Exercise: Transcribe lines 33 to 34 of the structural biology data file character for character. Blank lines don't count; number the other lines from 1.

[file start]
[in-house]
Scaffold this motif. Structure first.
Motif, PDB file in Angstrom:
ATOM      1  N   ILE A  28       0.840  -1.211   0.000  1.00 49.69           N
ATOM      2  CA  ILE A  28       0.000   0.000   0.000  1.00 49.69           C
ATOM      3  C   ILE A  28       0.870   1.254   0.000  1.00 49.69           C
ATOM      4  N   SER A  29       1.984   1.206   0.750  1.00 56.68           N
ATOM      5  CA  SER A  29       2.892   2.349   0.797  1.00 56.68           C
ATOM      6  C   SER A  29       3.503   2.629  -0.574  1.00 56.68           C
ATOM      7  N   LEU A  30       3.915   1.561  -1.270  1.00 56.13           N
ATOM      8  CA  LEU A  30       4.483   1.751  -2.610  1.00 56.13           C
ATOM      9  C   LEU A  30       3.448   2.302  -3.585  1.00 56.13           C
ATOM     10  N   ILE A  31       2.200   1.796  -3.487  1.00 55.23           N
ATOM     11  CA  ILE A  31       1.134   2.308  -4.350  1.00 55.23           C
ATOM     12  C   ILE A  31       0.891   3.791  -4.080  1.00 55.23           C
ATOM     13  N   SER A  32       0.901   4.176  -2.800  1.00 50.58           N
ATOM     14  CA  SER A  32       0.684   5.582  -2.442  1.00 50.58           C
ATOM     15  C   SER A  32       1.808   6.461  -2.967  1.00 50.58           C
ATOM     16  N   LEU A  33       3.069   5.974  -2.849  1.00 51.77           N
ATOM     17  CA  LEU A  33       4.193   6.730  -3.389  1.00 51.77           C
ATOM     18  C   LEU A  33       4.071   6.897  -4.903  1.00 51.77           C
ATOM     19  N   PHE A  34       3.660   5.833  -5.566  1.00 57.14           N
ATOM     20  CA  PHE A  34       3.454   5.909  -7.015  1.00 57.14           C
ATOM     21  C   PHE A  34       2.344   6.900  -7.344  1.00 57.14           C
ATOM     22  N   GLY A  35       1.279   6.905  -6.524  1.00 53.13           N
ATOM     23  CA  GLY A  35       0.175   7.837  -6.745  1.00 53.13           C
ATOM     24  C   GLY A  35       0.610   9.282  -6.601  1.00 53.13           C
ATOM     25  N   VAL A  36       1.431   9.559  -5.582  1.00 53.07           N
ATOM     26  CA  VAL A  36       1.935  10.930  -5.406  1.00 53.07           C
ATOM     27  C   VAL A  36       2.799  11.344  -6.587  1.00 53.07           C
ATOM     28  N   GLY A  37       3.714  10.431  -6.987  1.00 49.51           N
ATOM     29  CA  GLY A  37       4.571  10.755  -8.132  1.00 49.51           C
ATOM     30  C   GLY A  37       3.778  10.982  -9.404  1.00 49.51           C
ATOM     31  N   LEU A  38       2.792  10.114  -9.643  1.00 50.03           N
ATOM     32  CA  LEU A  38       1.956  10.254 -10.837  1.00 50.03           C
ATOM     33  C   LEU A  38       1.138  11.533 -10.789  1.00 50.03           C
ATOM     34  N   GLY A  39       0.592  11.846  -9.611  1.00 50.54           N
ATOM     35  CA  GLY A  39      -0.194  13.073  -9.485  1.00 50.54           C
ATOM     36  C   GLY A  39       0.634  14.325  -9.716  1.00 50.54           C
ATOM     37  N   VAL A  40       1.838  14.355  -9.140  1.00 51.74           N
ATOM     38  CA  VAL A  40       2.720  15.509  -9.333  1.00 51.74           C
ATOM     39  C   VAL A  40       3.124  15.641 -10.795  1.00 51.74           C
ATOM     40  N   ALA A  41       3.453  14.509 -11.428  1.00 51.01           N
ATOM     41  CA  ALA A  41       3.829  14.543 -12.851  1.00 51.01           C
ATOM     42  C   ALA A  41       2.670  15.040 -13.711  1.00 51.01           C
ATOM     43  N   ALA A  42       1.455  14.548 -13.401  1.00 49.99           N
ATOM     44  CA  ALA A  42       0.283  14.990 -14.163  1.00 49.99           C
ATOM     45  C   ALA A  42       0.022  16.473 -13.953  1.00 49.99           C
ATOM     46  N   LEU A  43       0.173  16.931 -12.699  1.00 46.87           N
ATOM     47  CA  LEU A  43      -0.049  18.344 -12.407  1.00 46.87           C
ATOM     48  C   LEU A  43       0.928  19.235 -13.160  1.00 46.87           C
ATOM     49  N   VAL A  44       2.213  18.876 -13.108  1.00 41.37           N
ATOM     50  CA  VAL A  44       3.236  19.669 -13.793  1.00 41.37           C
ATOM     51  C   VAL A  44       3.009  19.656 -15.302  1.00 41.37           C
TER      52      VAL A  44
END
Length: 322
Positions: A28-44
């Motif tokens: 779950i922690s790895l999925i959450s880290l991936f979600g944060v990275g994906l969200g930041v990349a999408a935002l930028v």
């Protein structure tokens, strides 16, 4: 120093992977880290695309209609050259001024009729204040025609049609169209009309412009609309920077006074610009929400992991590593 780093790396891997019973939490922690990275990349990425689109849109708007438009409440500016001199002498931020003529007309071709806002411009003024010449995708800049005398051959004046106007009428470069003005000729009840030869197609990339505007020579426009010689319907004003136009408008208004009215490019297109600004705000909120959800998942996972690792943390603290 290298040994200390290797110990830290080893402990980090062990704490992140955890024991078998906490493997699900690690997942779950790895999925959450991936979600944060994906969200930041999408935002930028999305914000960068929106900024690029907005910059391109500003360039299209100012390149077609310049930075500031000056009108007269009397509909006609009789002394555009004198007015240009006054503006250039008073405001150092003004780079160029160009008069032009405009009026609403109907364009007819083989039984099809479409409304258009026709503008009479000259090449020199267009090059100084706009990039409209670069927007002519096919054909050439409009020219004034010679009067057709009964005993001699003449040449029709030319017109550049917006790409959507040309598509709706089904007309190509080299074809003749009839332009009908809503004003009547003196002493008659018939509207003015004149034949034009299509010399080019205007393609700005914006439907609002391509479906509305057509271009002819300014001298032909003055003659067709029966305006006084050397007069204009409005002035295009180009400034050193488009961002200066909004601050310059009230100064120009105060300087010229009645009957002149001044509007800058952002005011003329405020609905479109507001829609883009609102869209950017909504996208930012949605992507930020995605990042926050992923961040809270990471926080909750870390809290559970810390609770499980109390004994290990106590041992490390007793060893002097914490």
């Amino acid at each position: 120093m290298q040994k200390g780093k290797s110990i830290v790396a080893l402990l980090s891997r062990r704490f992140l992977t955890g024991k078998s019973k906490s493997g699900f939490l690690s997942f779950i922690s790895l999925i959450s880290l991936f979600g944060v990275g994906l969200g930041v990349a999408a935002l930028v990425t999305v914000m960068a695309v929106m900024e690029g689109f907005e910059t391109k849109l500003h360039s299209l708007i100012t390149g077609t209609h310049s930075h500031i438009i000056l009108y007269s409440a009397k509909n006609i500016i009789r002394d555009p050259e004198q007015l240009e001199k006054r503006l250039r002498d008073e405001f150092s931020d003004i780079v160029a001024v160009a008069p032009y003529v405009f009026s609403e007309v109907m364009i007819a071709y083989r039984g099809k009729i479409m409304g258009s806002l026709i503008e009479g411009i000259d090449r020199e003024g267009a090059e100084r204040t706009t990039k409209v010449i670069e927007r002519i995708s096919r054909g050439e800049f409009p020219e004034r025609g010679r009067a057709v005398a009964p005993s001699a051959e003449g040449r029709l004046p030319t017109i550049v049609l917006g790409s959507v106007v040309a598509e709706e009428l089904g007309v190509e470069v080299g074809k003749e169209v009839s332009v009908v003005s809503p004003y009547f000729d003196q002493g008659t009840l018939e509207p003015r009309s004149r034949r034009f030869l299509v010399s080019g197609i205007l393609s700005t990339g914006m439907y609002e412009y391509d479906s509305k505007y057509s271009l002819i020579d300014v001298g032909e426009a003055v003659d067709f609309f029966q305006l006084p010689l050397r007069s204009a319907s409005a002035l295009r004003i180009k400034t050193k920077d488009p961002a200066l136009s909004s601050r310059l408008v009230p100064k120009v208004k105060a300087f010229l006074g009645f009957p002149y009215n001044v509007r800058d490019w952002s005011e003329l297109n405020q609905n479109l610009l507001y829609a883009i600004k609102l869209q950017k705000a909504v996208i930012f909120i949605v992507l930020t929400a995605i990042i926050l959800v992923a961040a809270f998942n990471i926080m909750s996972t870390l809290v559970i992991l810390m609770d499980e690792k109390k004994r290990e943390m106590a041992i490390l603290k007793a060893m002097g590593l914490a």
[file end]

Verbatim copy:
ATOM     30  C   GLY A  37       3.778  10.982  -9.404  1.00 49.51           C
ATOM     31  N   LEU A  38       2.792  10.114  -9.643  1.00 50.03           N